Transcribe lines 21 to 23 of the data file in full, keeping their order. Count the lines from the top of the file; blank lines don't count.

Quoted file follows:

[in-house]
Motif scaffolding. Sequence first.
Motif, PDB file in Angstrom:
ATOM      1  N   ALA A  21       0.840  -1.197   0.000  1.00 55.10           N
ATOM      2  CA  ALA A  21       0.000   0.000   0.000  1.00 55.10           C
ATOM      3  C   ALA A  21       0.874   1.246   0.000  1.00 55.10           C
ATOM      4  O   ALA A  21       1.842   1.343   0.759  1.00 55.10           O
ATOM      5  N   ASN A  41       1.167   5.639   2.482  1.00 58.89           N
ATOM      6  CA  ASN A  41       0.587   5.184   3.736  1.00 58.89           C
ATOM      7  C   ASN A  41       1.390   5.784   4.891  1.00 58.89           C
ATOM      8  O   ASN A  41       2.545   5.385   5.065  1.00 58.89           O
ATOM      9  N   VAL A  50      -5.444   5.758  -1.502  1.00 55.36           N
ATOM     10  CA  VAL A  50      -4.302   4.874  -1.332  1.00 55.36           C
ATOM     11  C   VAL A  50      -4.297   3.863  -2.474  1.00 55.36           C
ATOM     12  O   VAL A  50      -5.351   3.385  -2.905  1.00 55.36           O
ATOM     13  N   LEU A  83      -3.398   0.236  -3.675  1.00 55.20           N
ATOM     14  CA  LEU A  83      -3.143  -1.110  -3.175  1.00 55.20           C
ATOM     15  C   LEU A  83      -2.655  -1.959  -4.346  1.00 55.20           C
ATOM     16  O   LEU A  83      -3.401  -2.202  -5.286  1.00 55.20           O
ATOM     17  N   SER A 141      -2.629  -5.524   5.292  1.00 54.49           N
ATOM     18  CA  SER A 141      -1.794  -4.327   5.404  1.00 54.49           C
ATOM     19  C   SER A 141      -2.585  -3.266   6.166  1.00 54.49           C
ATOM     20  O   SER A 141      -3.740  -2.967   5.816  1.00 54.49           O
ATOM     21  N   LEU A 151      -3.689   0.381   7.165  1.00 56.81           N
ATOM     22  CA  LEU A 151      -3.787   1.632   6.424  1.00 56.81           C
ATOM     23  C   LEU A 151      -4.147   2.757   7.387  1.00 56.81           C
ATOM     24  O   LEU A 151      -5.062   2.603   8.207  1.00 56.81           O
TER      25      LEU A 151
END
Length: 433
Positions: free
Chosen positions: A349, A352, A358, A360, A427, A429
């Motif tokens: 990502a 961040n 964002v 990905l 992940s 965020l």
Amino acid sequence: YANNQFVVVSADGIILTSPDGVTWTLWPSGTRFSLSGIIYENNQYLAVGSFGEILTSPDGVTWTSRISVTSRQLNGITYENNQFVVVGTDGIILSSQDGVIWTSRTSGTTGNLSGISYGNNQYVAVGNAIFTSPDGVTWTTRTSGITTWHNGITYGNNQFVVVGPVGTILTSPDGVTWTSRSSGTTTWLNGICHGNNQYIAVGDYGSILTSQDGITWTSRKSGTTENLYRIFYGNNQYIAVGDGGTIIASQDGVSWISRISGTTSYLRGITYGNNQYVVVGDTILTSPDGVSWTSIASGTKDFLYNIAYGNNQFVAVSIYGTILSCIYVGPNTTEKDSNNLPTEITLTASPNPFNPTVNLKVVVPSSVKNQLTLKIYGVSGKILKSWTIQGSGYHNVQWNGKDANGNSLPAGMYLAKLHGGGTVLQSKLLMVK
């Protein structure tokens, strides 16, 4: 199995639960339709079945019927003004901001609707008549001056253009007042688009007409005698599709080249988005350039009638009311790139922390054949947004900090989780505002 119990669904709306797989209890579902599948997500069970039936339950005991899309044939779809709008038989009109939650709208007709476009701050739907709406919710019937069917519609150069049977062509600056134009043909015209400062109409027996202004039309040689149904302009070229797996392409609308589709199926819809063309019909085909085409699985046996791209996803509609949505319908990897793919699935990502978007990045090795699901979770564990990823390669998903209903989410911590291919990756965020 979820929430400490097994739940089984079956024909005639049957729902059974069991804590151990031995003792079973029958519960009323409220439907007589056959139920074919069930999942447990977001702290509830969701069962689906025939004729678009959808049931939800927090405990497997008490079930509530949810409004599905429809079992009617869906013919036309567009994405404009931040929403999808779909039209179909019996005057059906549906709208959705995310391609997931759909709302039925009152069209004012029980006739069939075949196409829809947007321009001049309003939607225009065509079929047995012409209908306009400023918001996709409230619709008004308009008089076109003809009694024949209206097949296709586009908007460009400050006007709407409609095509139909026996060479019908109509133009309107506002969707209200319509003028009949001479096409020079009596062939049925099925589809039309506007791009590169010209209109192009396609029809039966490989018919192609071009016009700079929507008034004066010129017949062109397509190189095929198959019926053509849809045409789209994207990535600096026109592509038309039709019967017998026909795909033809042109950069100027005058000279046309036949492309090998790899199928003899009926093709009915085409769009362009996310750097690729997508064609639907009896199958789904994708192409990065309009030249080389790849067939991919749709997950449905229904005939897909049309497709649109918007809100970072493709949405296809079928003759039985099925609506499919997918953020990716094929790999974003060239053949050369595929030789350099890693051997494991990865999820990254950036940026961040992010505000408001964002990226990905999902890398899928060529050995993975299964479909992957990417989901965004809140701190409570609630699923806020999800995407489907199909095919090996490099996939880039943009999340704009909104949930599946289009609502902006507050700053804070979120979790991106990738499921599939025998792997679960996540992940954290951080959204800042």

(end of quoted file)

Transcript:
ATOM     18  CA  SER A 141      -1.794  -4.327   5.404  1.00 54.49           C
ATOM     19  C   SER A 141      -2.585  -3.266   6.166  1.00 54.49           C
ATOM     20  O   SER A 141      -3.740  -2.967   5.816  1.00 54.49           O